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The Swipe Fee Wars Open a New Front: Parking Meters

A credit card is swiped at a parking meter in Washington.

Photograph by Tim Sloan/AFP/Getty Images

A credit card is swiped at a parking meter in Washington.

Naturally, in Washington, D.C., street parking has become partisan. That’s what happened when a company that processes parking payments for the city raised its transaction fees—and blamed a new regulation for the price increase. Companies say regulations force cost increases all the time without much notice, but this isn’t about just any piece of legislation. It’s about the part of Dodd-Frank financial reform that capped how much banks charge to process debit-card transactions. The so-called Durbin Amendment was the focus of a nasty battle that pit big retailers against big banks—with questions whether consumers would see any benefit regardless of the outcome. A year after the law began taking effect, both sides seized on any sign of its impact to further their cause.

The parking controversy started two weeks ago, when Parkmobile said it was raising the fee it charged customers to pay with plastic by 13¢. “Transaction fees in D.C. will increase from $0.32 to $0.45 due to increased costs triggered by recent federal legislative reform enacted by the Dodd-Frank Wall Street Reform and Consumer Protection Act’s Durbin Amendment,” the company said. The hike was quickly dubbed a Dodd-Frank “parking tax,” and eventually Senator Durbin got into the fray, firing off a letter that said Parkmobile’s statement was “misleading” because his amendment actually capped how much banks can charge. Eventually, Parkmobile backed down, e-mailing customers again to say that their initial release was “overly simplistic.”

So what happened? The Durbin Amendment did cap the maximum amount Visa (V) and Mastercard (MA) could charge merchants for processing debit-card transactions, so the payment companies ended the discounts they had given merchants on smaller transactions. That tripled Parkmobile’s fees, the company explained, adding that the hike was how card networks and issuing banks “responded” to the Durbin Amendment, rather than a mandated, direct result of the law as it earlier said.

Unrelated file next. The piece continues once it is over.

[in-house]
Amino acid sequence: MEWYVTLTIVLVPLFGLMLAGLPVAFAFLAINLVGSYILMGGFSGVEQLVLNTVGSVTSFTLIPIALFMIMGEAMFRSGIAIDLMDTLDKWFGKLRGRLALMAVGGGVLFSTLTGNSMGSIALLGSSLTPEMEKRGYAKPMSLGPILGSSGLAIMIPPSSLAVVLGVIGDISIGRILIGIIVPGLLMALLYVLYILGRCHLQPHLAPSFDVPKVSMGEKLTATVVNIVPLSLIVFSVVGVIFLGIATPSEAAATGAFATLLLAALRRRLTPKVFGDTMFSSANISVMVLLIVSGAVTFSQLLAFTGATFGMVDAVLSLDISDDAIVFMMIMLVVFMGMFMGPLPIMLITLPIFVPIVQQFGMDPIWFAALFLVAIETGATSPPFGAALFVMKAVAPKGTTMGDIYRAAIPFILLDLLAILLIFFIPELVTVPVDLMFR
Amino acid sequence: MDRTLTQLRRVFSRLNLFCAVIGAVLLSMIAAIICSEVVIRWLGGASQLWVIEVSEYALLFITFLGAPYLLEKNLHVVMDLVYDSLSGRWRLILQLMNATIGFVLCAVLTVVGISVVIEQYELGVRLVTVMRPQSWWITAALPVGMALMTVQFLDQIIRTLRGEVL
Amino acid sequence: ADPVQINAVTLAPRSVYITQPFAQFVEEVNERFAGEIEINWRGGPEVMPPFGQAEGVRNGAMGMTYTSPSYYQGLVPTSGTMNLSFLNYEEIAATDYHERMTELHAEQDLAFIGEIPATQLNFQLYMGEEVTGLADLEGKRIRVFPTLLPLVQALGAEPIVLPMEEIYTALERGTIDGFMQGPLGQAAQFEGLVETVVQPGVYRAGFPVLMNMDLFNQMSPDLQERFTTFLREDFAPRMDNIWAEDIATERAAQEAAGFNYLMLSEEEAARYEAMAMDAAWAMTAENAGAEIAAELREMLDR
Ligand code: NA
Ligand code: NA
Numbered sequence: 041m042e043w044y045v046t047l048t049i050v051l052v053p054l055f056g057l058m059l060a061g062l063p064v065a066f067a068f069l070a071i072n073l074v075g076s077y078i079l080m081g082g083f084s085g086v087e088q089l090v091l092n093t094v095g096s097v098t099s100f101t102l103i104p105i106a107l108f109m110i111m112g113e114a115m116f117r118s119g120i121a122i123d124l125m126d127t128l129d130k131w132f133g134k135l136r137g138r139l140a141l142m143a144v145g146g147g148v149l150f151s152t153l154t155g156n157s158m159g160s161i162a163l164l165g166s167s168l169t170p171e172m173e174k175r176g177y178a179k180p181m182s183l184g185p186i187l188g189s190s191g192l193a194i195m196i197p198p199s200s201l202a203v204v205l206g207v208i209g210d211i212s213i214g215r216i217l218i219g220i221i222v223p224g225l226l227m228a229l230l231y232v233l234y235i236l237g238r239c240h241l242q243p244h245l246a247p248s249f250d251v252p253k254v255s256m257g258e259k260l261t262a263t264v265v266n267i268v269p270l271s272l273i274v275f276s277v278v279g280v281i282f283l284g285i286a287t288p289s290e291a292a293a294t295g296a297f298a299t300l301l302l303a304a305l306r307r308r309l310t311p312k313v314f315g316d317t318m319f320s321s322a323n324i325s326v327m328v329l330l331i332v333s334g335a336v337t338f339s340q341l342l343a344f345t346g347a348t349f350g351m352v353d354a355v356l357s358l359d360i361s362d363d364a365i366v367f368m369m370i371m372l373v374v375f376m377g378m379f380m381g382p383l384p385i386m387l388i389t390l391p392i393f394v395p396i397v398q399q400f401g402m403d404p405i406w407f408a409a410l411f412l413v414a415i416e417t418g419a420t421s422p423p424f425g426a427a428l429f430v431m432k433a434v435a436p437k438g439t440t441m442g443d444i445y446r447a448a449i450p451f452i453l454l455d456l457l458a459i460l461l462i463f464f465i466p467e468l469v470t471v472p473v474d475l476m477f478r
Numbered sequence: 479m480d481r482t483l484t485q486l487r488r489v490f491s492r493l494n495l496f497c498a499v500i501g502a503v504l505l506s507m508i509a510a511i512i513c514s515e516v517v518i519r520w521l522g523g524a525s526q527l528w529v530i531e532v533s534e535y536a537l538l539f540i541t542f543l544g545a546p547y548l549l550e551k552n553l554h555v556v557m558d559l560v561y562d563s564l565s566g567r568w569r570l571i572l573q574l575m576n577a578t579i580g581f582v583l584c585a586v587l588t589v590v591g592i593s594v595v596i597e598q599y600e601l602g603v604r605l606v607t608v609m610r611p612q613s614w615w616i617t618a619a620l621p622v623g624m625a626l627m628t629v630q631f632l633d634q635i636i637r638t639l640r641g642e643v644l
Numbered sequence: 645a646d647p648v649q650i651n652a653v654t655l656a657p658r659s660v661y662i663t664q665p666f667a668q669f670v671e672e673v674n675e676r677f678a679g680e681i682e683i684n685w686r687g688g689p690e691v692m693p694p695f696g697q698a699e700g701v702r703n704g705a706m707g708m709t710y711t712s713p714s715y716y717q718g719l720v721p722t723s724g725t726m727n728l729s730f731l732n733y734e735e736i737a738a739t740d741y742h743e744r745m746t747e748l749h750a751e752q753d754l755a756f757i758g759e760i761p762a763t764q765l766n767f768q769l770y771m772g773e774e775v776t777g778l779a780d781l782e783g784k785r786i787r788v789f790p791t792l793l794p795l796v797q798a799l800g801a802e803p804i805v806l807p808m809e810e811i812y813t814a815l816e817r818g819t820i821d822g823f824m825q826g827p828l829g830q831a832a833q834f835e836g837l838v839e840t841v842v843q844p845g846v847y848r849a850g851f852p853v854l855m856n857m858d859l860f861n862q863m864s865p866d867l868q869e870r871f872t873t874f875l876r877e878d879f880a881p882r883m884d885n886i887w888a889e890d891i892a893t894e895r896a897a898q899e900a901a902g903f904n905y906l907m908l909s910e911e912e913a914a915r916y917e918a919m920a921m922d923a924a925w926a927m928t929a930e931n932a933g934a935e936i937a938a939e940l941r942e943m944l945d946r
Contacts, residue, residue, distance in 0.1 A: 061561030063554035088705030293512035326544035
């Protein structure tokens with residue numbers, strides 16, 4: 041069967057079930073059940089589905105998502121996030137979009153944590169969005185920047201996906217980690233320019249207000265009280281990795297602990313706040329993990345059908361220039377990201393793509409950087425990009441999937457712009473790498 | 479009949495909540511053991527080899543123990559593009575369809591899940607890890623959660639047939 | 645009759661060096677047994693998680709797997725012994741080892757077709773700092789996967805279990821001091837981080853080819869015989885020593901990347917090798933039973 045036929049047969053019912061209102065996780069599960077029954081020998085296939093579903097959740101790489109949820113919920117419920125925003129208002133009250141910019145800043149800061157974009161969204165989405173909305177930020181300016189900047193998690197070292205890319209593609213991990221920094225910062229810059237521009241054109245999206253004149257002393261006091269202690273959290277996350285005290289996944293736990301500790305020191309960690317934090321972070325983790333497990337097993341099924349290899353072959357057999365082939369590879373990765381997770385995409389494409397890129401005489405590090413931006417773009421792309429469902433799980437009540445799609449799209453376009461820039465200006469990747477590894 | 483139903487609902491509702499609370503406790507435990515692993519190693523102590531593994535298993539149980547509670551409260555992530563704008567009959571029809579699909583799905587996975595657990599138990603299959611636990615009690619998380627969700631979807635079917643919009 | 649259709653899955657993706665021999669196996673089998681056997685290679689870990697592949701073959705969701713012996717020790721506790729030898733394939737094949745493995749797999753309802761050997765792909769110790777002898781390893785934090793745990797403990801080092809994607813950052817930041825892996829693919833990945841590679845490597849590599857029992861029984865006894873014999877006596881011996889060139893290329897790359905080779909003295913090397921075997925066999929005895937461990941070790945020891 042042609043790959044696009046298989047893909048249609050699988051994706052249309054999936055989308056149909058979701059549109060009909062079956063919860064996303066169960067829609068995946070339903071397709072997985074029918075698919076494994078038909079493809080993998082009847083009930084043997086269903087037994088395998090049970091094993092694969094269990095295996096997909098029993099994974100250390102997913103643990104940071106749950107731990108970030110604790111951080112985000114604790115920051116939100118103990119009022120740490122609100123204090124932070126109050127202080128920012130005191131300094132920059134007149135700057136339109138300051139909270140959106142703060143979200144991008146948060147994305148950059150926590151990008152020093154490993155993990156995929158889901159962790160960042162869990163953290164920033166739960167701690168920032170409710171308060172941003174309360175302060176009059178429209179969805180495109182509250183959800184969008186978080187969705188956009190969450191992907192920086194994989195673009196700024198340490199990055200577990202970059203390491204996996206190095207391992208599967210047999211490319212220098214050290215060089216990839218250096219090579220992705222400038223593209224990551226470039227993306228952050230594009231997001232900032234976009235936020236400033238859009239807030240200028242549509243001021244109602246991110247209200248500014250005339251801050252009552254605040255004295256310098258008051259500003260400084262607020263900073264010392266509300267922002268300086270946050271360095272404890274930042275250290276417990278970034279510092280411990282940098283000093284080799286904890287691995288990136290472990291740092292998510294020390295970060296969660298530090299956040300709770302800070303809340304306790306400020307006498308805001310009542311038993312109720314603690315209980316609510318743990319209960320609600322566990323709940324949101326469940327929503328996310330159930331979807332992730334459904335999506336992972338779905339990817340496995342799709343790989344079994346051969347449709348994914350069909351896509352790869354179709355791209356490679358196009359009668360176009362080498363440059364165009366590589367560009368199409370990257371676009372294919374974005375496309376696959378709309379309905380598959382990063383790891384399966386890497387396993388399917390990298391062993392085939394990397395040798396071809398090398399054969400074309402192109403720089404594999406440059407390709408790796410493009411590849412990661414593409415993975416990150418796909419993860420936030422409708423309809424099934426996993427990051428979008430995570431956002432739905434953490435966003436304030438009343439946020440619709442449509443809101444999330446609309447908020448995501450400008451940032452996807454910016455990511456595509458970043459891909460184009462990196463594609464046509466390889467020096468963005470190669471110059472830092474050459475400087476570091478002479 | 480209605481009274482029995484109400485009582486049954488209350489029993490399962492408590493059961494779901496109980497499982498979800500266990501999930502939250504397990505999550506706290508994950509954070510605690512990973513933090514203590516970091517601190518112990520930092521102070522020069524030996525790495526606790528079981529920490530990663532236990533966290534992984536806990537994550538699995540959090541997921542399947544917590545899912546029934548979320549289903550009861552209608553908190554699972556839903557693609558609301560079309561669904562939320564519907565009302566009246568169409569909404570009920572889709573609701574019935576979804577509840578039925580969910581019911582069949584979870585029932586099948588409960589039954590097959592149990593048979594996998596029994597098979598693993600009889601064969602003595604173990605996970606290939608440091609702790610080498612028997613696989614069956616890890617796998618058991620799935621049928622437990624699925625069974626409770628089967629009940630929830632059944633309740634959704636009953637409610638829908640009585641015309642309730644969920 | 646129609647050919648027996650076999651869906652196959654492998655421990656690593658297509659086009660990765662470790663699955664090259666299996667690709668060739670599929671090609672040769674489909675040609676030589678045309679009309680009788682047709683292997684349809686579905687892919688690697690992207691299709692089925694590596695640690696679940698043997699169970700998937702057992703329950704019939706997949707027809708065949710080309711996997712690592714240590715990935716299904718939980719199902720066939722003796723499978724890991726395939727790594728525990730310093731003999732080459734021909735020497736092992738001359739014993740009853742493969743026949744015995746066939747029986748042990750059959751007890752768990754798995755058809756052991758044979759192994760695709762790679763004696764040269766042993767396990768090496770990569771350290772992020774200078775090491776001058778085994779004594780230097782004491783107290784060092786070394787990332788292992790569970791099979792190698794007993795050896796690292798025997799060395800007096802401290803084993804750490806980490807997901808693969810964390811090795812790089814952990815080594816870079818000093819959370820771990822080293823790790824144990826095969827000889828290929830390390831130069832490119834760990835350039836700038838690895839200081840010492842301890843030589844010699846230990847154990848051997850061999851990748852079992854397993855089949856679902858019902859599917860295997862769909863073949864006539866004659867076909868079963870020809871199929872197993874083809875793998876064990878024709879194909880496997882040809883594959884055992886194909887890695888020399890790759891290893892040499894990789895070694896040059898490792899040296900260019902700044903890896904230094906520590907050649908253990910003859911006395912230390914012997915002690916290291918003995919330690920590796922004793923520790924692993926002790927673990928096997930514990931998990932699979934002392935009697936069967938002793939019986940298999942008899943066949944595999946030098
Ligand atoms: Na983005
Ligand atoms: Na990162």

As we’ve written, the debates over swipe fees are far from over, so the impact of the rule could still translate to big dollar changes. There’s been only anecdotal evidence so far about what the net effect is on consumers. Over the summer, Home Depot (HD)told American Banker that it had trimmed prices on more than 3,000 items since the Durbin Amendment took effect in October 2011, but the cuts “cannot be directly attributed to the regulations,” the paper explained.

It took a formal Federal Reserve report to figure out where to set the initial cap for the Durbin Amendment, but there’s no equivalent nonpartisan research out on the effects. To quote what Kevin Drum, a blogger at Mother Jones, wrote about a different swipe fee battle, “I expect many doctoral dissertations on this subject in the years to come.” PhD candidates—have at it.


Weise is a reporter for Bloomberg Businessweek in Seattle. Follow her on Twitter @kyweise.

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